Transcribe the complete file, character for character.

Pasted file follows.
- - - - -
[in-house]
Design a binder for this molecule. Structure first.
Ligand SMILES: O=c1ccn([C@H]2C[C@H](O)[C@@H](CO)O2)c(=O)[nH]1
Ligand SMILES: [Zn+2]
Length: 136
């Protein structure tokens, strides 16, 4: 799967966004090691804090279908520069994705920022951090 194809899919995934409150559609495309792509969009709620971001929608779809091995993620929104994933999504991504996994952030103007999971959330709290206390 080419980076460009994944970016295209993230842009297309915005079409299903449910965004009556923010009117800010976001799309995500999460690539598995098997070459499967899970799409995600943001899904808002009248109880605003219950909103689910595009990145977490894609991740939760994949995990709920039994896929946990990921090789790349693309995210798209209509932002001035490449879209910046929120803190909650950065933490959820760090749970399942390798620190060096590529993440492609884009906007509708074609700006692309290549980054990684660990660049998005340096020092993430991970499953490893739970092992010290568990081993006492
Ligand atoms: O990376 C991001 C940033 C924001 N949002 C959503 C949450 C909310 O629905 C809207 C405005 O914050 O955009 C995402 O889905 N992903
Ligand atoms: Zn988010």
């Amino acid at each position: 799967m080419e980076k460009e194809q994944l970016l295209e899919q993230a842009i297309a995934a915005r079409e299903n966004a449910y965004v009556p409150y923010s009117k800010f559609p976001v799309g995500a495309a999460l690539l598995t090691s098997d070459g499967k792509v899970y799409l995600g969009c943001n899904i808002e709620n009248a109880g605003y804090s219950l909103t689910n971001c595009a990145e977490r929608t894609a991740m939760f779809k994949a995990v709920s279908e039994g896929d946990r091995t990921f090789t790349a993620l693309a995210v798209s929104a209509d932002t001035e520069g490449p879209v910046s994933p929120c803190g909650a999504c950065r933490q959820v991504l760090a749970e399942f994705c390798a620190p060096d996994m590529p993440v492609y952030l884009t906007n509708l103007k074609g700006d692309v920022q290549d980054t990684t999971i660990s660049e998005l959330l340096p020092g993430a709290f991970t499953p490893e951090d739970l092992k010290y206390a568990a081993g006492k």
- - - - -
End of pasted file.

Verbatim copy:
[in-house]
Design a binder for this molecule. Structure first.
Ligand SMILES: O=c1ccn([C@H]2C[C@H](O)[C@@H](CO)O2)c(=O)[nH]1
Ligand SMILES: [Zn+2]
Length: 136
């Protein structure tokens, strides 16, 4: 799967966004090691804090279908520069994705920022951090 194809899919995934409150559609495309792509969009709620971001929608779809091995993620929104994933999504991504996994952030103007999971959330709290206390 080419980076460009994944970016295209993230842009297309915005079409299903449910965004009556923010009117800010976001799309995500999460690539598995098997070459499967899970799409995600943001899904808002009248109880605003219950909103689910595009990145977490894609991740939760994949995990709920039994896929946990990921090789790349693309995210798209209509932002001035490449879209910046929120803190909650950065933490959820760090749970399942390798620190060096590529993440492609884009906007509708074609700006692309290549980054990684660990660049998005340096020092993430991970499953490893739970092992010290568990081993006492
Ligand atoms: O990376 C991001 C940033 C924001 N949002 C959503 C949450 C909310 O629905 C809207 C405005 O914050 O955009 C995402 O889905 N992903
Ligand atoms: Zn988010």
């Amino acid at each position: 799967m080419e980076k460009e194809q994944l970016l295209e899919q993230a842009i297309a995934a915005r079409e299903n966004a449910y965004v009556p409150y923010s009117k800010f559609p976001v799309g995500a495309a999460l690539l598995t090691s098997d070459g499967k792509v899970y799409l995600g969009c943001n899904i808002e709620n009248a109880g605003y804090s219950l909103t689910n971001c595009a990145e977490r929608t894609a991740m939760f779809k994949a995990v709920s279908e039994g896929d946990r091995t990921f090789t790349a993620l693309a995210v798209s929104a209509d932002t001035e520069g490449p879209v910046s994933p929120c803190g909650a999504c950065r933490q959820v991504l760090a749970e399942f994705c390798a620190p060096d996994m590529p993440v492609y952030l884009t906007n509708l103007k074609g700006d692309v920022q290549d980054t990684t999971i660990s660049e998005l959330l340096p020092g993430a709290f991970t499953p490893e951090d739970l092992k010290y206390a568990a081993g006492k």